❝ Although Brownback’s spokeswoman said “a lot of people were confused by the report,” no one has been fooled. The problem was that the reports didn’t match the governor’s predictions for the state’s soon-to-be-booming economy. Local news media, including the Topeka Capital-Journal and the Kansas City Star, flagged the abandonment of the reports as evidence not only of policy failure, but as an attempt to hide that fact from the public…

❝ Since the Brownback tax cuts were passed, almost nothing has gone as promised in Kansas. Revenue plunged and the state resorted to pulling money out of its rainy-day fund to plug the holes. A number of critical services, including for road maintenance and schools, were cut. The business climate has been poor, and the economy has lagged behind neighboring states as well as the rest of the country.

Why hasn’t this worked out? As we have discussed before, the failure of the Kansas tax cuts to do what was promised is a simple combination of state budget math and human psychology.

❝ The math is simple: Tax cuts tend to reduce revenue, in Kansas’ case much more than expected. To change people’s behavior requires more substantial incentives than changing things by a few percentage points. The reduced revenue led to spending cuts that lowered quality of life. In response, rising numbers of people and companies have left the state…

❝ Kansas’ gross state product fell behind the six-state region and the nation for the third straight year…

Private industry wages in Kansas grew at a slower pace last year than they did in the region and the U.S. — as they did during the past five years…

By just about every measure, Kansas’ tax experiment has failed to meet the promised performance objectives. Killing the quarterly report won’t change this…

❝ Brownback is now said to be considering tax hikes. He has paid the deserved price for his errors, with a 26 percent approval rating, the lowest of any governor in the U.S. The people of Kansas have paid a bigger price.

Dribble-down economics fail for the umpteenth time in a Century. No, that won’t stop Republicans from advocacy. They have nothing else to offer. Modern economic analysis, 21st Century solutions for leftover Republican economic disasters are still a work in progress. The kinds of jobs that give us something that looks like full employment prove that.

And we still have a gerrymandered Congress that keeps useless turd-brain roadblocks in office for at least another 4-6 years. So, don’t get too cheerful, yet, over the possibility of ordinary American voters reforming the system. After all, ignorant Kansas voters elected and re-elected Brownback.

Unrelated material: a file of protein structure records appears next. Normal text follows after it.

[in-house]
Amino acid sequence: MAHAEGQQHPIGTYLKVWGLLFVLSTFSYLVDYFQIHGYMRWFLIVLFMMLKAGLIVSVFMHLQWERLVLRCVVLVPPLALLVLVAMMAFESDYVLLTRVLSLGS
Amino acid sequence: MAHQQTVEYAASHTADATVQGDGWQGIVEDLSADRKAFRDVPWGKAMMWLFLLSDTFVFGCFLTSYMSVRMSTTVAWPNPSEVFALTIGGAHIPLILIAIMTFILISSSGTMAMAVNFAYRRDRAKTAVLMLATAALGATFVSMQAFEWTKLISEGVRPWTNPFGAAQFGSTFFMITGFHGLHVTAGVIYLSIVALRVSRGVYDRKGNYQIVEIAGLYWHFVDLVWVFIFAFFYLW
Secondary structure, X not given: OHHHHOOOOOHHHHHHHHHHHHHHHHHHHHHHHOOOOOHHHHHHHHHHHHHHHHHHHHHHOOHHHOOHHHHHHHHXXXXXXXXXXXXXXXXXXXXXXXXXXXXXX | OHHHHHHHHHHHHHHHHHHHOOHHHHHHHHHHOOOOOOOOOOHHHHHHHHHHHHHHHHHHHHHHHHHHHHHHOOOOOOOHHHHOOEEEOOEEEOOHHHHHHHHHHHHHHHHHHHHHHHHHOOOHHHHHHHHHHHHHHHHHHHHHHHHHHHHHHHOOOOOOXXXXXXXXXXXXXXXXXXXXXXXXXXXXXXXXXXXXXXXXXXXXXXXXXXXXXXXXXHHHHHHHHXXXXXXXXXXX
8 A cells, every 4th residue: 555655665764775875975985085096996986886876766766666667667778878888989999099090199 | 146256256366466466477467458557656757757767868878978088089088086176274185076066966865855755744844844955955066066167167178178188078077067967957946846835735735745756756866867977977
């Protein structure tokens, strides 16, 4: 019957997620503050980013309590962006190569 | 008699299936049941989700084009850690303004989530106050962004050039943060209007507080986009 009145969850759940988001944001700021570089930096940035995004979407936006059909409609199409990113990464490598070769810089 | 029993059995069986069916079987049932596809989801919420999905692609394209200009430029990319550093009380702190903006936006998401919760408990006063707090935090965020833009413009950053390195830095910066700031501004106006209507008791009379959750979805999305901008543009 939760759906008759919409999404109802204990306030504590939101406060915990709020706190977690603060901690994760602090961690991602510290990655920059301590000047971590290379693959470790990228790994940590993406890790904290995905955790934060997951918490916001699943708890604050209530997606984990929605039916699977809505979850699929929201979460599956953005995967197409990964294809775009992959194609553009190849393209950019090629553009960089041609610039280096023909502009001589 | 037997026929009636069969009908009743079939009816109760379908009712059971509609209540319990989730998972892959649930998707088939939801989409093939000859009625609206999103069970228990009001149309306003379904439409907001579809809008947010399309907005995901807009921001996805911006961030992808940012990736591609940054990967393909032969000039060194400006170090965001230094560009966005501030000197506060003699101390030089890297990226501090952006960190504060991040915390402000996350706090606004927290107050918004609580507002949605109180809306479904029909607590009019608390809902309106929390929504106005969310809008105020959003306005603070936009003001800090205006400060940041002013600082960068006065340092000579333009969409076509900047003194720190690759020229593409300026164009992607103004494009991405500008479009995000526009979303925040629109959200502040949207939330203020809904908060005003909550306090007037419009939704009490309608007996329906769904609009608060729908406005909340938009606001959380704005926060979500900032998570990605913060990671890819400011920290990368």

Trump’s test for immigrants is hogwash! Of course.


Click to enlarge

Donald Trump’s foreign-policy speech on Monday was more staid than some of his recent outings, but it didn’t necessarily make any more sense…In his speech, Donald Trump proposed an ideological test for immigrants, one that would allow in “only those who we expect to flourish in our country – and to embrace a tolerant American society.” Is it possible to implement a test like that, and would it be a good idea?

The practical reality is that you are dealing with people who, if they’re fairly sophisticated, are going to almost immediately learn what to say. So unless you intend to tie them to a polygraph, which is a notoriously uncertain device, you’re assuming that you are basically only going to catch the inexperienced or the stupid…

With groups like ISIS or al Qaeda or any of its offshoots, they’ve gotten very, very sophisticated in training. So you are essentially focusing in many ways on the innocent and ignoring the guilty.

Are there more effective ways to screen out people who might be terrorists?

Usually the only way you can really know is through background checks and by tying the data uncovered in intelligence efforts that track terrorists and terrorist training to the screening process. It’s not something where people can pass some kind of magic test of their ideology.

You also have to recognize that part of this is not confronting people who come to this country with intolerance and ignorance of their faith. If you are going to avoid alienating them, you are going to have to show some understanding of the fact that Islam is one of the major faiths of the world…

Mr. Trump mentioned shutting down ISIS’ internet access. Is that possible, and if so, is it wise?

It really is not possible. There are a virtually infinite number of ways that you can disguise who you are and where the message is coming from. There is no magic sign that says, “I’m from ISIS.” The problem you also are getting into here is that to some extent we use the internet to identify some of these people.

Lots more of this in the whole blog post. None of it unexpected. Like many topics considered controversial, support for unworkable solutions comes from the ignorant and the stupid. It’s become a defining question online. Are the people commenting stupid or ignorant?

As ignorant as Donald Trump often is – about anything other than American bankruptcy law – he knows his supporters generally fall into one of those camps. He doesn’t have to worry about whether or not his so-called solutions are legitimate or lawful. They just have to sound powerful to someone who is pissed-off and xenophobic.